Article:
Adult learners are practical
    Impact for educators: Make the education EXPLICITLY relevant to clinical practice and not just “knowledge for knowledge sake”.
    Adults learners seek respect
    Impact for educators: Acknowledge and use the experiences that participants bring to the so that they will feel empowered to engage and be instructive to other participants as well as the faculty
  • Educators must remember that learning occurs within each individual as a continual process throughout life. People learn at different speeds, so it is natural for them to be anxious or nervous when faced with a learning situation. Positive reinforcement by the instructor can enhance learning, as can proper timing of the instruction. Learning results from stimulation of the senses. In some people, one sense is used more than others to learn or recall information. Instructors should present materials that stimulates as many senses as possible in order to increase their chances of teaching success.
    There are four critical elements of learning that must be addressed to ensure that participants learn. These elements are
    motivation
    reinforcement
    retention
    Transference
    Motivation. If the participant does not recognize the need for the information (or has been offended or intimidated), all of the instructor's effort to assist the participant to learn will be in vain. The instructor must establish rapport with participants and prepare them for learning; this provides motivation. Instructors can motivate students via several means:
    Set a feeling or tone for the lesson. Instructors should try to establish a friendly, open atmosphere that shows the participants they will help them learn.
    Set an appropriate level of concern. The level of tension must be adjusted to meet the level of importance of the objective. If the material has a high level of importance, a higher level of tension/stress should be established in the class. However, people learn best under low to moderate stress; if the stress is too high, it becomes a barrier to learning.
    Set an appropriate level of difficulty. The degree of difficulty should be set high enough to challenge participants but not so high that they become frustrated by information overload. The instruction should predict and reward participation, culminating in success.
    In addition, participants need specific knowledge of their learning results (feedback ). Feedback must be specific, not general. Participants must also see a reward for learning. The reward does not necessarily have to be monetary; it can be simply a demonstration of benefits to be realized from learning the material. Finally, the participant must be interested in the subject. Interest is directly related to reward. Adults must see the benefit of learning in order to motivate themselves to learn the subject.
    Reinforcement. Reinforcement is a very necessary part of the teaching/learning process; through it, instructors encourage correct modes of behavior and performance.
    Positive reinforcement is normally used by instructors who are teaching participants new skills. As the name implies, positive reinforcement is "good" and reinforces "good" (or positive) behavior.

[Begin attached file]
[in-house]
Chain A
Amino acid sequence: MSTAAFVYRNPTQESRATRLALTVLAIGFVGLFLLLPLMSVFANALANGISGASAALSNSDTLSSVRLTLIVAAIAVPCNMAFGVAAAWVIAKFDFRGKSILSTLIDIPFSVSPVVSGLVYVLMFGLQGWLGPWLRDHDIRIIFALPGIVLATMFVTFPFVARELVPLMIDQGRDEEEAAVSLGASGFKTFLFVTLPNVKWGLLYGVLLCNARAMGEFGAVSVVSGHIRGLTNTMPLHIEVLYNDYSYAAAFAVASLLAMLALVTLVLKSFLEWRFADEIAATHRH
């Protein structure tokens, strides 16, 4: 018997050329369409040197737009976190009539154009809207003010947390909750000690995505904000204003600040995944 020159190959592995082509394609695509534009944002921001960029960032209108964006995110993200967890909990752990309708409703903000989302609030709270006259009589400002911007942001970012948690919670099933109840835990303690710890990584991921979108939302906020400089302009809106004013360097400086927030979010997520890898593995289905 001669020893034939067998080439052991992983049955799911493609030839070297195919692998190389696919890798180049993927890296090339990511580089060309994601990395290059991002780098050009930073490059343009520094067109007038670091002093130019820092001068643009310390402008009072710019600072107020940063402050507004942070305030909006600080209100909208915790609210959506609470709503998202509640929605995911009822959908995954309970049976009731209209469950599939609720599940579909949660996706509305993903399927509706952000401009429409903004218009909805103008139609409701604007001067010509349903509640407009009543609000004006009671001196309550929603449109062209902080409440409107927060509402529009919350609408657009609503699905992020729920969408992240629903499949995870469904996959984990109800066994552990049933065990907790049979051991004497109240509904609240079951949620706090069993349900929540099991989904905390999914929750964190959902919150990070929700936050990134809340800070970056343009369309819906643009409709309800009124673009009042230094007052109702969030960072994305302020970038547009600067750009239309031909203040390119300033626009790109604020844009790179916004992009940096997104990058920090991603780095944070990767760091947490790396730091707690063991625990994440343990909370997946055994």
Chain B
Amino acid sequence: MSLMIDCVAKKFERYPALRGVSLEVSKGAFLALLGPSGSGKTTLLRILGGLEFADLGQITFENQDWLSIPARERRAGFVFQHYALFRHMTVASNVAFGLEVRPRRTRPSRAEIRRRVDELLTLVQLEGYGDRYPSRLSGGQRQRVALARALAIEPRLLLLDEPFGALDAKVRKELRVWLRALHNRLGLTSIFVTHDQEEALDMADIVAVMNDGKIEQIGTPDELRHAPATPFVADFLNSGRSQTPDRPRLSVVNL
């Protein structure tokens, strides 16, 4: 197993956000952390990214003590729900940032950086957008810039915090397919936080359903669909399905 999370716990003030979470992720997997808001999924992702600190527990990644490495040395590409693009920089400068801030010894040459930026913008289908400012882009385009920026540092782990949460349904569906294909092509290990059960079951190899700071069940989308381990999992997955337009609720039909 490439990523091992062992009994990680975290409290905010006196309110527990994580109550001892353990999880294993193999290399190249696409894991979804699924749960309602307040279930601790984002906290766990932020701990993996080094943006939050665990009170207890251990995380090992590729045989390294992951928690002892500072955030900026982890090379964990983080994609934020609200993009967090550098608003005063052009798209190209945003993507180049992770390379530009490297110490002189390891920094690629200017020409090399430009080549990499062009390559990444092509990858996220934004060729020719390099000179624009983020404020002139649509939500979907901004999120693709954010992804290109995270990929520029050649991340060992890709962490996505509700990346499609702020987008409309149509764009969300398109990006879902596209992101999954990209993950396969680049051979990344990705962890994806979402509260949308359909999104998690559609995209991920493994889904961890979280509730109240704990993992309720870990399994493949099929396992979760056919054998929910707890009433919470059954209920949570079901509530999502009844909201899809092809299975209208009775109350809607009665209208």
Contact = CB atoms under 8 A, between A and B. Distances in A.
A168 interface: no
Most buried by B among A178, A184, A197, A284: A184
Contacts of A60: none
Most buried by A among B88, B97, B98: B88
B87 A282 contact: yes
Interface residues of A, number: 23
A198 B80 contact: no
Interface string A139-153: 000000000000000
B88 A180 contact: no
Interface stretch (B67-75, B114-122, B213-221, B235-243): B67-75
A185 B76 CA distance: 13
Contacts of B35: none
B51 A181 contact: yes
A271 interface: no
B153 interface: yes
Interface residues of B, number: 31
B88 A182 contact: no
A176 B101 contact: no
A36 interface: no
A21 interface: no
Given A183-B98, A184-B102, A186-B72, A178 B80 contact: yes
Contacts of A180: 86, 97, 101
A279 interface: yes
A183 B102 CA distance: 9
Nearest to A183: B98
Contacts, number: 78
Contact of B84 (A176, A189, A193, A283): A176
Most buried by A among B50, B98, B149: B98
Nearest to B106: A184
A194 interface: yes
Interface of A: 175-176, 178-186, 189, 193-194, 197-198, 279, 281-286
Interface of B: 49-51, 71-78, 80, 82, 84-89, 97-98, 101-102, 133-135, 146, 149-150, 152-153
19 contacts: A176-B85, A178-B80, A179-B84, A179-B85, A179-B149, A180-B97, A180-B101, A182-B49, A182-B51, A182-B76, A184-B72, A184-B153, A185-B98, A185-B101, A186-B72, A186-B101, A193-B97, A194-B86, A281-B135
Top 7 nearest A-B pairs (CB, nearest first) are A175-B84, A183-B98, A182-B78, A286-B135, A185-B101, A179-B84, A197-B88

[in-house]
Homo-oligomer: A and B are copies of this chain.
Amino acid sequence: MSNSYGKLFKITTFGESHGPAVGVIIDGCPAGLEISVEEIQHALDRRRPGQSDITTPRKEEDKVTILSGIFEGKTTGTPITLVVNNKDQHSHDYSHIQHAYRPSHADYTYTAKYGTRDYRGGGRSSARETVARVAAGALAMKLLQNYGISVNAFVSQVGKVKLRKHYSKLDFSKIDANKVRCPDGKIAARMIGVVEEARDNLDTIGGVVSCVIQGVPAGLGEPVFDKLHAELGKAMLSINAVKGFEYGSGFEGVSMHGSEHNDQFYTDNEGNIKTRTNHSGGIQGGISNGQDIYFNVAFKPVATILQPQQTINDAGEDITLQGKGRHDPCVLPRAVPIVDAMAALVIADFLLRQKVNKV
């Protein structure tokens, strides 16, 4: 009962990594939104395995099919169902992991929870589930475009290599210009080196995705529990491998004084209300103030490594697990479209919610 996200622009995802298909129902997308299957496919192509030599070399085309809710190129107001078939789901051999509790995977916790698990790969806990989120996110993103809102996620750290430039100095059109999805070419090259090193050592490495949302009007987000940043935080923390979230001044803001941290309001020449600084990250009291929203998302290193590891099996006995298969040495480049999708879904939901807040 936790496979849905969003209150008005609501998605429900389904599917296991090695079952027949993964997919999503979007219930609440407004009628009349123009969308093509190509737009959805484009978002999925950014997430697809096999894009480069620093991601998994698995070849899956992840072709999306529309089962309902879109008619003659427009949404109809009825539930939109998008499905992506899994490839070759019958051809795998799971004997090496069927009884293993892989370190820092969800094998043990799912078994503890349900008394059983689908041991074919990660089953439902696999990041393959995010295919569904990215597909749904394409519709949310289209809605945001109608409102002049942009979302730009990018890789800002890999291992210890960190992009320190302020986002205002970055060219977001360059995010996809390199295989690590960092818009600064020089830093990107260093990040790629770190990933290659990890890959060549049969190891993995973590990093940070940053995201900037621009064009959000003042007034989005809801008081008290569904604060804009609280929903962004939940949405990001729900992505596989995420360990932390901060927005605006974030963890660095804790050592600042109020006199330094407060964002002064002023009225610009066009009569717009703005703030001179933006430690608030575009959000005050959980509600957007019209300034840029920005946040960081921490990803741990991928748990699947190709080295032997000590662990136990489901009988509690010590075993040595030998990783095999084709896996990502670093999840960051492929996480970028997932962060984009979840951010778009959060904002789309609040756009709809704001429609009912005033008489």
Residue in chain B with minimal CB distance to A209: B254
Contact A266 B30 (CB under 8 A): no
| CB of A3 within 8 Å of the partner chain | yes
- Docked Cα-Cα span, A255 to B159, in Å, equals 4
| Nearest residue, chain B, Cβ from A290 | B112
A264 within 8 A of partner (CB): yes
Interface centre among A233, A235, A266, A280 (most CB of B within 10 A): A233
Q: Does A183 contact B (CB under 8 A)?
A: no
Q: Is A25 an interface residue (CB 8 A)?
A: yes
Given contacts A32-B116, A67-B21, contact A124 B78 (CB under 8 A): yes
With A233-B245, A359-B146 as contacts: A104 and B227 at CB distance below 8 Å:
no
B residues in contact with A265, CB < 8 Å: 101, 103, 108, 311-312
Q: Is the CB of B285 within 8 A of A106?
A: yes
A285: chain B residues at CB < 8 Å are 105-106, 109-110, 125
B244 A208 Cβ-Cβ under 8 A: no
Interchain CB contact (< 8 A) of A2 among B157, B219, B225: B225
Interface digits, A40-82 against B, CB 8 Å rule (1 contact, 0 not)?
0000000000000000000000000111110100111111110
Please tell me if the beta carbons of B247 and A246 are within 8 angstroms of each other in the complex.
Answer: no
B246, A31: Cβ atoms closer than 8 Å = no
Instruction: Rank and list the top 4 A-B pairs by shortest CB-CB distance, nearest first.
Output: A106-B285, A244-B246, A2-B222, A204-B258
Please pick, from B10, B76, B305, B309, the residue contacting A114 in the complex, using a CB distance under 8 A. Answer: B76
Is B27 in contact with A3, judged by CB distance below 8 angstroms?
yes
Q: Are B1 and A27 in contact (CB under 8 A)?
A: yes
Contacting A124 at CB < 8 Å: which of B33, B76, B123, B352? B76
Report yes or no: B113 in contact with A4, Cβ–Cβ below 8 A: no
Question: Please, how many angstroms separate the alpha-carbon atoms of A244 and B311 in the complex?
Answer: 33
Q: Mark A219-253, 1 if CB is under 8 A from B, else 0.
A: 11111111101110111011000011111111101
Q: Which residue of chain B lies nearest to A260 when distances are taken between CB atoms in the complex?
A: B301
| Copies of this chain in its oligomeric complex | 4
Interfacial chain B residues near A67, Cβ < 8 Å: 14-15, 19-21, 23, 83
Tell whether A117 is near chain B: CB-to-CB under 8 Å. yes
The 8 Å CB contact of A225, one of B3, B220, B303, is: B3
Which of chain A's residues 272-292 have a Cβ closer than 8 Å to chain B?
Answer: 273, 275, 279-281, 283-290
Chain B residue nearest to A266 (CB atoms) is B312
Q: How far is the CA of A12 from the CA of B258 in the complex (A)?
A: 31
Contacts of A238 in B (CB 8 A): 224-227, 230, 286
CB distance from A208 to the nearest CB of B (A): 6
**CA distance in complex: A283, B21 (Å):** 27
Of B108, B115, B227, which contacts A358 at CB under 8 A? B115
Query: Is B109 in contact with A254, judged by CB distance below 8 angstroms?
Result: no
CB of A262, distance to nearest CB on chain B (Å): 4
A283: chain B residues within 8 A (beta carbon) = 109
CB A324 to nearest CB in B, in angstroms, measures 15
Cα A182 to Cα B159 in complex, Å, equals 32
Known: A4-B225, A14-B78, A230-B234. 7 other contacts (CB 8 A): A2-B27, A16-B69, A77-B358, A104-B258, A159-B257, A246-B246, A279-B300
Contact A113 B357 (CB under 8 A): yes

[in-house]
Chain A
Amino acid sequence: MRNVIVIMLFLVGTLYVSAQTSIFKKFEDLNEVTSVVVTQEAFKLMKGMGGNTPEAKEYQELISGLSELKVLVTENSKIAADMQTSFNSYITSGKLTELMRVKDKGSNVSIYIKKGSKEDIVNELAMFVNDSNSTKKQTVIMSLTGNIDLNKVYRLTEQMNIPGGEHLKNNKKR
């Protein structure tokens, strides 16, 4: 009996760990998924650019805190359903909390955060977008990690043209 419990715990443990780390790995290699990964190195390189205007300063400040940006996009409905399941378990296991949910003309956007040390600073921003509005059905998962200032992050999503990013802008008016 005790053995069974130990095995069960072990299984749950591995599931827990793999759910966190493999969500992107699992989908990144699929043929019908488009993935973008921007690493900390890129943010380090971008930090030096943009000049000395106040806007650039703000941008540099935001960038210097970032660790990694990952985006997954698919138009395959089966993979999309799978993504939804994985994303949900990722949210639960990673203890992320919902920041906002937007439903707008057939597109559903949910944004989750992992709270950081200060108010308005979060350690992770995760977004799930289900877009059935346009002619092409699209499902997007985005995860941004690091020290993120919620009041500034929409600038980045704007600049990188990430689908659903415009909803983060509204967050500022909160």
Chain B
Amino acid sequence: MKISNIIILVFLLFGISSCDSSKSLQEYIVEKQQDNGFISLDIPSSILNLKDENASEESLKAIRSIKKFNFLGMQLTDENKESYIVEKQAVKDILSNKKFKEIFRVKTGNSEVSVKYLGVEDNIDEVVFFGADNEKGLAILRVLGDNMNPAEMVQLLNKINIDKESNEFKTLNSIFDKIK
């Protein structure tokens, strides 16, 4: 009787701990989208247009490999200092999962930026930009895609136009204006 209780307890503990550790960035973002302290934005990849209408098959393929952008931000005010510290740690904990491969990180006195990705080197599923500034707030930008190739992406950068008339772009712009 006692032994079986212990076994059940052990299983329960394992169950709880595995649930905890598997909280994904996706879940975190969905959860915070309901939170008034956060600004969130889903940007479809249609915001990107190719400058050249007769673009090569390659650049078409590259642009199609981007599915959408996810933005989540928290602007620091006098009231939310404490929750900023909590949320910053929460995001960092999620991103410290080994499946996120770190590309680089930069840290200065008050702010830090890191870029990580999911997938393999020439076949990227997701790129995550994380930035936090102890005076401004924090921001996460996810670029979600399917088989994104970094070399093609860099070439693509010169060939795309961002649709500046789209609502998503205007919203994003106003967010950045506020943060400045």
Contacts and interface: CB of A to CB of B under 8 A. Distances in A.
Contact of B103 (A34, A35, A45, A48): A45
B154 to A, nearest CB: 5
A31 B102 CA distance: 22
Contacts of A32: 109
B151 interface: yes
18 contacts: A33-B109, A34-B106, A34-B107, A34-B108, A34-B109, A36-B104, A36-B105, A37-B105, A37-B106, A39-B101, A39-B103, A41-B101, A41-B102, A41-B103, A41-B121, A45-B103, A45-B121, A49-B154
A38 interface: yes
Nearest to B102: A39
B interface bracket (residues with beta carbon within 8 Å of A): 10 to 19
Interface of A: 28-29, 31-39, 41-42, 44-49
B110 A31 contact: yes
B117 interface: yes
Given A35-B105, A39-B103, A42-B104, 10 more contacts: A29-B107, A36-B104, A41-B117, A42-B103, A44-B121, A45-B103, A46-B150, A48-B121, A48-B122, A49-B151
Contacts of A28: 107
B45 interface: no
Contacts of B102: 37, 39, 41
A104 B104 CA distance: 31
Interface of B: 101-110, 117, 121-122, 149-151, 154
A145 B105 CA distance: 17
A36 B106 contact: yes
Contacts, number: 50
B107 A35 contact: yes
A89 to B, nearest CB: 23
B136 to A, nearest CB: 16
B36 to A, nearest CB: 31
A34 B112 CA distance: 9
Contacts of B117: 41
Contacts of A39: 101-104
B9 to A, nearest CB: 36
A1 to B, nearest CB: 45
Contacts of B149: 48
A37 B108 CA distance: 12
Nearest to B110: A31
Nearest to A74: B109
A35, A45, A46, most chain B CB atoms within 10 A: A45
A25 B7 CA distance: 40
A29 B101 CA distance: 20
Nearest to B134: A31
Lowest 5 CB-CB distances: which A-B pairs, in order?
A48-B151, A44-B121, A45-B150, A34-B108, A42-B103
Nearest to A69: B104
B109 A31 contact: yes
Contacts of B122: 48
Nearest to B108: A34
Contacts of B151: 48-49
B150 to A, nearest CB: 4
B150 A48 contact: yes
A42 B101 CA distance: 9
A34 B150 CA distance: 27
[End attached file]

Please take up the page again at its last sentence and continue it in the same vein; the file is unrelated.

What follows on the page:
Negative reinforcement is normally used by instructors teaching a new skill or new information. It is useful in trying to change modes of behavior. The result of negative reinforcement is extinction -- that is, the instructor uses negative reinforcement until the "bad" behavior disappears, or it becomes extinct. (To read more about negative reinforcement, you can check out Maricopa Center for Learning & Instruction Negative Reinforcement Univeristy.)
    When instructors are trying to change behaviors (old practices), they should apply both positive and negative reinforcement.
    Reinforcement should be part of the teaching-learning process to ensure correct behavior. Instructors need to use it on a frequent and regular basis early in the process to help the students retain what they have learned. Then, they should use reinforcement only to maintain consistent, positive behavior.
    Retention. Students must retain information from classes in order to benefit from the learning. The instructors' jobs are not finished until they have assisted the learner in retaining the information. In order for participants to retain the information taught, they must see a meaning or purpose for that information. The must also understand and be able to interpret and apply the information. This understanding includes their ability to assign the correct degree of importance to the material.
    The amount of retention will be directly affected by the degree of original learning. Simply stated, if the participants did not learn the material well initially, they will not retain it well either.
    Retention by the participants is directly affected by their amount of practice during the learning. Instructors should emphasize retention and application. After the students demonstrate correct (desired) performance, they should be urged to practice to maintain the desired performance. Distributed practice is similar in effect to intermittent reinforcement.
    Transference. Transfer of learning is the result of training -- it is the ability to use the information taught in the course but in a new setting. As with reinforcement, there are two types of transfer: positive and negative.